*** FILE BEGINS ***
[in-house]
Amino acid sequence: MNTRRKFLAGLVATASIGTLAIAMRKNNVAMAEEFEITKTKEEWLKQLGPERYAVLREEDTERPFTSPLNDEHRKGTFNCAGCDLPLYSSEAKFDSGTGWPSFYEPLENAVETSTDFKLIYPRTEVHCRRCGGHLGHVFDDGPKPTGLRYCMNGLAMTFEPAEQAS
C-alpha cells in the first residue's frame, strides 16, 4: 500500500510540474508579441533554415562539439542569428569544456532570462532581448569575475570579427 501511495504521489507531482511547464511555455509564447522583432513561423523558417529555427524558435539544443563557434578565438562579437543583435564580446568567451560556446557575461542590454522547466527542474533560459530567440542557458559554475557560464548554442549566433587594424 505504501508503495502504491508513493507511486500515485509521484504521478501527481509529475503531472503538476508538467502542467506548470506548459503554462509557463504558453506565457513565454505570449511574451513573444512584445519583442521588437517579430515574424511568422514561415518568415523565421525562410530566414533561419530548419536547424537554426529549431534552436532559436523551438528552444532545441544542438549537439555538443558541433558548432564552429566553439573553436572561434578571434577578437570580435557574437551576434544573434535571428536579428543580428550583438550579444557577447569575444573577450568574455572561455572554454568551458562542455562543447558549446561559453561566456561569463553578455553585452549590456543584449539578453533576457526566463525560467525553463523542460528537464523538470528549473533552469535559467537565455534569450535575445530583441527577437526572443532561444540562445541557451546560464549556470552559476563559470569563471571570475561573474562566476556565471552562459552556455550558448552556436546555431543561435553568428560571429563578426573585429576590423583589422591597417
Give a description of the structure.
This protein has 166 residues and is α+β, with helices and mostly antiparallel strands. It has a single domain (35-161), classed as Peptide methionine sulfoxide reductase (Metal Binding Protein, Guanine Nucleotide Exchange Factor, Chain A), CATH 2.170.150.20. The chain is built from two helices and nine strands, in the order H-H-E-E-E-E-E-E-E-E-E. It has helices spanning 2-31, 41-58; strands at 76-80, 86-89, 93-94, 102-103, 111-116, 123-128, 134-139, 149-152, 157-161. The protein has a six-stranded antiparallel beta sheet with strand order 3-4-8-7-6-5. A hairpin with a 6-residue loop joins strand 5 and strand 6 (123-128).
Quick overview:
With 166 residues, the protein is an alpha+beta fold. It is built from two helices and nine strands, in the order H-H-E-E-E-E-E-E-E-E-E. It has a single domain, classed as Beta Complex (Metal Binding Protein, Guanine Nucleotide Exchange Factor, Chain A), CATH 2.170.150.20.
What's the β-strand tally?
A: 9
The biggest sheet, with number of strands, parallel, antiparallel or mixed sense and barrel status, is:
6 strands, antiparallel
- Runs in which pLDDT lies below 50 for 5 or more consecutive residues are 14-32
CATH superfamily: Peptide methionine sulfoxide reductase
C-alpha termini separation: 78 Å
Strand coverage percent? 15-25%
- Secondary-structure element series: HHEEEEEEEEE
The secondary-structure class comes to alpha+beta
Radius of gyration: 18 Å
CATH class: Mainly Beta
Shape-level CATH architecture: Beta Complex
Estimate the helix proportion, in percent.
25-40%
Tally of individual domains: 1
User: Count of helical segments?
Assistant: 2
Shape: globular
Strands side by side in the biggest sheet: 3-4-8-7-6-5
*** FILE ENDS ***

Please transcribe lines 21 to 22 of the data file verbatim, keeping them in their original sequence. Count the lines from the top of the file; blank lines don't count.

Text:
Estimate the helix proportion, in percent.
25-40%